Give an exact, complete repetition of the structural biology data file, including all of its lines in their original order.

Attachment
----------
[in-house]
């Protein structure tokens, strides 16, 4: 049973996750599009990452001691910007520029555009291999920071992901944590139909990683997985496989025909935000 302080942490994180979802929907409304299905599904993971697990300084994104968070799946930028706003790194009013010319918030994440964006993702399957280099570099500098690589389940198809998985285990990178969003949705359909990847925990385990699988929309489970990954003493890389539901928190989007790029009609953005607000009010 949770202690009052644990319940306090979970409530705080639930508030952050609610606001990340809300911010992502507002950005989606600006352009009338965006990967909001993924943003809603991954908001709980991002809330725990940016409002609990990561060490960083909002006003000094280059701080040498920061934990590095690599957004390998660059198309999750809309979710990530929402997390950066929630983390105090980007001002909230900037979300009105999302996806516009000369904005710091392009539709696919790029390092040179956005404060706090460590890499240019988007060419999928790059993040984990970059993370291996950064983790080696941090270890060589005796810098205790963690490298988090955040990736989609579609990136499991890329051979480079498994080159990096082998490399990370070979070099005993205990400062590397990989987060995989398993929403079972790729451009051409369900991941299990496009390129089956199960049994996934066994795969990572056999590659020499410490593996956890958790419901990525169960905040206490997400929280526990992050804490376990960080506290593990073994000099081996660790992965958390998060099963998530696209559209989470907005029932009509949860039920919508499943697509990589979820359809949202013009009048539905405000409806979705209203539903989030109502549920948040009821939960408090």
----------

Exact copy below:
[in-house]
């Protein structure tokens, strides 16, 4: 049973996750599009990452001691910007520029555009291999920071992901944590139909990683997985496989025909935000 302080942490994180979802929907409304299905599904993971697990300084994104968070799946930028706003790194009013010319918030994440964006993702399957280099570099500098690589389940198809998985285990990178969003949705359909990847925990385990699988929309489970990954003493890389539901928190989007790029009609953005607000009010 949770202690009052644990319940306090979970409530705080639930508030952050609610606001990340809300911010992502507002950005989606600006352009009338965006990967909001993924943003809603991954908001709980991002809330725990940016409002609990990561060490960083909002006003000094280059701080040498920061934990590095690599957004390998660059198309999750809309979710990530929402997390950066929630983390105090980007001002909230900037979300009105999302996806516009000369904005710091392009539709696919790029390092040179956005404060706090460590890499240019988007060419999928790059993040984990970059993370291996950064983790080696941090270890060589005796810098205790963690490298988090955040990736989609579609990136499991890329051979480079498994080159990096082998490399990370070979070099005993205990400062590397990989987060995989398993929403079972790729451009051409369900991941299990496009390129089956199960049994996934066994795969990572056999590659020499410490593996956890958790419901990525169960905040206490997400929280526990992050804490376990960080506290593990073994000099081996660790992965958390998060099963998530696209559209989470907005029932009509949860039920919508499943697509990589979820359809949202013009009048539905405000409806979705209203539903989030109502549920948040009821939960408090």